Between the Lionesses (Erin Acerno, Evelyn Acerno, Sophie Claudio, Rose Glennon, Maia Vong)— who perform with Sarabi (Emily Ricci) and Sarafini (Kathryn Schudel) during “The Lioness Hunt” and later during “The Mourning”— The Wildebeests (Allyson Gray, Brooke Henshaw, Ethan Holler, Summer Reed)— who keep high intensity during “The Stampede”— and The Hyenas (Addison Barry, Bella Comotto, Gabriella Galoni, Royce Hartin, Gwen Lowell, Mason Petr, Noah Walter, Sarah Ward)— who march with frightening rhythm through “Be Prepared”— there are so many talented things happening with these young performers, it simply must be seen to be believed. Even the little Butterflies (Nora Acerno, Amy Claudio, Molly Foggo,) who sparkle when they swoop in for the opening number are delightful to gaze upon. Can you spot all the animals? Like the Cheetah (Colton Roberts) and the Egrets (Sophie Claudio, Gabriella Galoni, Summer Reed, Gracie Roberts,)? It’s almost like a game of African Safari Bingo!
The three main hyenas: Banzai (M’Kaila Brown), Shenzi (Emily Davis), and Ed (Zachary Byrd) are the bumbling henchmen to Scar (Dylan Morrison.) Brown and Davis do all of the talking, with a wicked sense of humor and Byrd gets all the laughs from the audience by grunting and making silly faces just like his animated movie counterpart. Morrison, as the beastly and villainous Scar, has an impressive hold on his affected British accent, paying homage to Jeremy Irons from the movie. His slinking presence is quite nasty indeed and when he goes into his song, “Be Prepared” there is a ruthlessness to it. Smartly understanding the sarcastic and nefarious duality of Scar, Morrison is the bad guy we all love to hate.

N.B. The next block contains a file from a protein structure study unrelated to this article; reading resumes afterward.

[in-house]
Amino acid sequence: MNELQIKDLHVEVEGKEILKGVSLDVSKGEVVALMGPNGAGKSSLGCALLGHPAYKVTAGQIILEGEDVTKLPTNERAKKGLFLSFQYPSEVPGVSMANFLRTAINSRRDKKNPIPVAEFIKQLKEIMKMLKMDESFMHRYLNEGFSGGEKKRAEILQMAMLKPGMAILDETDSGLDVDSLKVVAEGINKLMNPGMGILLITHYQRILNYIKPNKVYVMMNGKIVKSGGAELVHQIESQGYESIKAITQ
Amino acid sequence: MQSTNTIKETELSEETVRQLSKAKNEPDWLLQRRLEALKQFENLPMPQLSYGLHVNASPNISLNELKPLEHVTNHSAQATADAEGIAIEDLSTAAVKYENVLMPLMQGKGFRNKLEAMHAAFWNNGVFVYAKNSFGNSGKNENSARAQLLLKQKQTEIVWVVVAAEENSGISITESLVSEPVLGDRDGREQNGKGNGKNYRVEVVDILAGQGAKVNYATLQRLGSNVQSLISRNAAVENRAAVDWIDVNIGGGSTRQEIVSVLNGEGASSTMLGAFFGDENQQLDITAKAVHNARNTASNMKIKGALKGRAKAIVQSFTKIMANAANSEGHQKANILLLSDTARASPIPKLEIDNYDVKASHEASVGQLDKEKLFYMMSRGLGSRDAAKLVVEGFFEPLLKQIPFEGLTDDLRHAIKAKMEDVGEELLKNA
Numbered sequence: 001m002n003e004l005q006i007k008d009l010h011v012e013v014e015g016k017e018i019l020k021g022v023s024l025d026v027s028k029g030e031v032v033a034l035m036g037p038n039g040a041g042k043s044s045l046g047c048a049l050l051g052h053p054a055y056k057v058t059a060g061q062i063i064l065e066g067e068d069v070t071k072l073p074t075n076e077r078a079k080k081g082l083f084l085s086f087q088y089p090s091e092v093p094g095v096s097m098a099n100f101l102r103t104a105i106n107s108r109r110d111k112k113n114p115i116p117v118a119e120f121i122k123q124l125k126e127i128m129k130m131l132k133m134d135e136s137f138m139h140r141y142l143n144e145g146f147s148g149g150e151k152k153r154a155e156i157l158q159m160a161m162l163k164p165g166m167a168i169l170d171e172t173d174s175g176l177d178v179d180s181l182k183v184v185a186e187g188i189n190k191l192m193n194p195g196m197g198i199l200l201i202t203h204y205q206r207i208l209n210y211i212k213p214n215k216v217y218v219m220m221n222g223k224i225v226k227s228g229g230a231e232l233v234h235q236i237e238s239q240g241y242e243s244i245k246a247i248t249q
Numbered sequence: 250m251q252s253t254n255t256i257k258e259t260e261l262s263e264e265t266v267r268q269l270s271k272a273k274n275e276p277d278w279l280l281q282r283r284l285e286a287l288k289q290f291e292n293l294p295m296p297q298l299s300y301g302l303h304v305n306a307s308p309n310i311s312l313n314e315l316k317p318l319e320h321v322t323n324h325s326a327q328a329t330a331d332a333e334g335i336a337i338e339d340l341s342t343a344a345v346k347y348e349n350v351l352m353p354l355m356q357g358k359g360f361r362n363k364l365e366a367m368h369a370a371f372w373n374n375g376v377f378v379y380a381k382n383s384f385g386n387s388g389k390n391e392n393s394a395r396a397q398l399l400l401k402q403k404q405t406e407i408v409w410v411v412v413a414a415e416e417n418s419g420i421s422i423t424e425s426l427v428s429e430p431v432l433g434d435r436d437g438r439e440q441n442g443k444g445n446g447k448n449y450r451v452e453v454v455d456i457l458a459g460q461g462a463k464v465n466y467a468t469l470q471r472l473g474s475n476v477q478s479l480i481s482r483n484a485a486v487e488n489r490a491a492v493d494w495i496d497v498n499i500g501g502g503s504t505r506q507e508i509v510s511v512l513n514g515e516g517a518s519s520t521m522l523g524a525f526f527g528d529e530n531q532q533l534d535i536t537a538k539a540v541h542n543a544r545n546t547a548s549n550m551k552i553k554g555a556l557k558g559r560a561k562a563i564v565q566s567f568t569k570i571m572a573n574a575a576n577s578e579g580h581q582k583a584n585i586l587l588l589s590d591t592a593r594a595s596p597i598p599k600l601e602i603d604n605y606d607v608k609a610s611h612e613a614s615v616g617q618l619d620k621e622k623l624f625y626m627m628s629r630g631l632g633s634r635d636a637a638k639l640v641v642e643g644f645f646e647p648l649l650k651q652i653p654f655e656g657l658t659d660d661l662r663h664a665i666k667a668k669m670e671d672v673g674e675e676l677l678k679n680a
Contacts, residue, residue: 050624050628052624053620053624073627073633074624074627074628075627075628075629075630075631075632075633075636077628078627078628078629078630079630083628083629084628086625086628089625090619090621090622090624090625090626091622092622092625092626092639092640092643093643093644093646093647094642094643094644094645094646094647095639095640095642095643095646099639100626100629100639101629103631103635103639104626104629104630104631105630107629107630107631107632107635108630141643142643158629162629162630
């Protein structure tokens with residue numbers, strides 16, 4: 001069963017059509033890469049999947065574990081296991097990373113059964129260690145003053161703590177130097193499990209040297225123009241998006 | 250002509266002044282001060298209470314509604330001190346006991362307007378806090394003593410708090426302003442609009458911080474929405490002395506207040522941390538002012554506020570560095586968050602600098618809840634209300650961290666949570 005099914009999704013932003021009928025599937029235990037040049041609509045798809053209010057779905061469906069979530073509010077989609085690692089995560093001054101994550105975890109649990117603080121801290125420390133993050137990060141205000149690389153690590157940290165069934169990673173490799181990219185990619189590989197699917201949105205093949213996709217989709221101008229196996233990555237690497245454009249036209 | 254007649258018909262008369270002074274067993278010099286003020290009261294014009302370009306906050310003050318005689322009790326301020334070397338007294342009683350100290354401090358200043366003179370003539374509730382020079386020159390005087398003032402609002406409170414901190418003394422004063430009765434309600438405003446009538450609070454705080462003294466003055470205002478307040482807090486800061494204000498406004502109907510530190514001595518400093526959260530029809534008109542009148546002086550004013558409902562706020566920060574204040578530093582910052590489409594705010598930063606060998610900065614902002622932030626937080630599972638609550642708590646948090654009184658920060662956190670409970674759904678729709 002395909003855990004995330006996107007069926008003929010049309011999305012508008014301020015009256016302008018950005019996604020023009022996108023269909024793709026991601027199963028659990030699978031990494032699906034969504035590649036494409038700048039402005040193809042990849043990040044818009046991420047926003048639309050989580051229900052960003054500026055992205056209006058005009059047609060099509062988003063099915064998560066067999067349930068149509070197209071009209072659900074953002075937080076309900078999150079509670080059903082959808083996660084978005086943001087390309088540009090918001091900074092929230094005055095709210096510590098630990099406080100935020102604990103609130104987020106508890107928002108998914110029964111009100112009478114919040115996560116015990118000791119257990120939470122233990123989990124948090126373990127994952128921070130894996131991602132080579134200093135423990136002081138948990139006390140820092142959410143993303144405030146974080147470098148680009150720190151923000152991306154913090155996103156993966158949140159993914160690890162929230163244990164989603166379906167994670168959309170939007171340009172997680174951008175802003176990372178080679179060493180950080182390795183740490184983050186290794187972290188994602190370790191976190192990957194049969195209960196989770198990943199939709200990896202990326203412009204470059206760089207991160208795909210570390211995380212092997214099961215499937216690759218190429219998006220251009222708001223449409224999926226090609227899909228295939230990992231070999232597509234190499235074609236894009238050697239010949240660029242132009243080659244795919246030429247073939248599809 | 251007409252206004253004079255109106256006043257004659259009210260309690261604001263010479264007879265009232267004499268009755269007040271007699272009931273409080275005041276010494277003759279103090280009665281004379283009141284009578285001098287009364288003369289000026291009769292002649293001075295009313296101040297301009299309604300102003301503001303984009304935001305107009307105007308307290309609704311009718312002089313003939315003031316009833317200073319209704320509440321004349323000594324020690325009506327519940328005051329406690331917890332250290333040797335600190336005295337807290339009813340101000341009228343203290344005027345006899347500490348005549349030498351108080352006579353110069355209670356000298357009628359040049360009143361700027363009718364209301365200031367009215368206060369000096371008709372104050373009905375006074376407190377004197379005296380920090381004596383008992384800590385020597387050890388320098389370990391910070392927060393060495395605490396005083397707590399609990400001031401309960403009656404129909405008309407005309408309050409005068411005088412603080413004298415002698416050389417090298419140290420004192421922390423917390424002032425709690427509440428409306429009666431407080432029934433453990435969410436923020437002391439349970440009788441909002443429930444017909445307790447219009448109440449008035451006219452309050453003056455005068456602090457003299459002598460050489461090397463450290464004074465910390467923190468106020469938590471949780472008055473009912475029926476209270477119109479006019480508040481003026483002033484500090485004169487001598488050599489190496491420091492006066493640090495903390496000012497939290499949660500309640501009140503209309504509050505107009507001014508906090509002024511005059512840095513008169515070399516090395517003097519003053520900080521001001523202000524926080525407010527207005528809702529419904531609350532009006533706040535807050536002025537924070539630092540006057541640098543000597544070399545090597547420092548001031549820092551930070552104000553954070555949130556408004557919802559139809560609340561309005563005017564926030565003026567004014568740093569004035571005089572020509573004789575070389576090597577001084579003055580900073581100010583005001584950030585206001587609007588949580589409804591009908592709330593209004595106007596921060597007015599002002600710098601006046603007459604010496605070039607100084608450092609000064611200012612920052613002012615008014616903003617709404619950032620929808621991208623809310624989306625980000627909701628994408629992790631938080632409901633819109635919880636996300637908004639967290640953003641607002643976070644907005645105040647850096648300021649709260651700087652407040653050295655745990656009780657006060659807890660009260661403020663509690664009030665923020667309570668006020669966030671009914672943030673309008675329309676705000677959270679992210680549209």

Not bad guy but bird brain, Zazu (Jacqueline Hicks) creates quite a posh British accent as the King’s major domo (and major Dodo!) Hicks accompanies Young Simba (Sammy Jungwirth) and Young Nala (Claire Schafer) on their misadventure to the Elephant Graveyard and gets a few moments of song in to show you how jazzy she can be. Schafer adds a lovely sound to “I Just Can’t Wait to Be King”, the feature song that Jungwirth knocks out of the park. Jungwirth, who is gifted with a gorgeous high octave and the ability to belt notes clearly and consistently, owns this number and shares all the enthusiasm it contains with everyone listening. Trying to follow in father Mufasa’s (Sam Whitman) footsteps, young Jungwirth is going to be the main event for all of the first act every chance he gets!
Whitman, as the noble and proud Mufasa, lends a deep sound to “He Lives in You” and “They Live in You”, when explaining the spirit of past kings to his young son. Speaking with a heavy sound to express his authority, he is quite kingly when trying to guide young Simba, especially when trying to protect him. Watching the iconic Stampede scene and its tragic ending, compliments of Fly Master Ed Lake and Fly Chief Bill Sullivan, really brings home everything Whitman does for the character.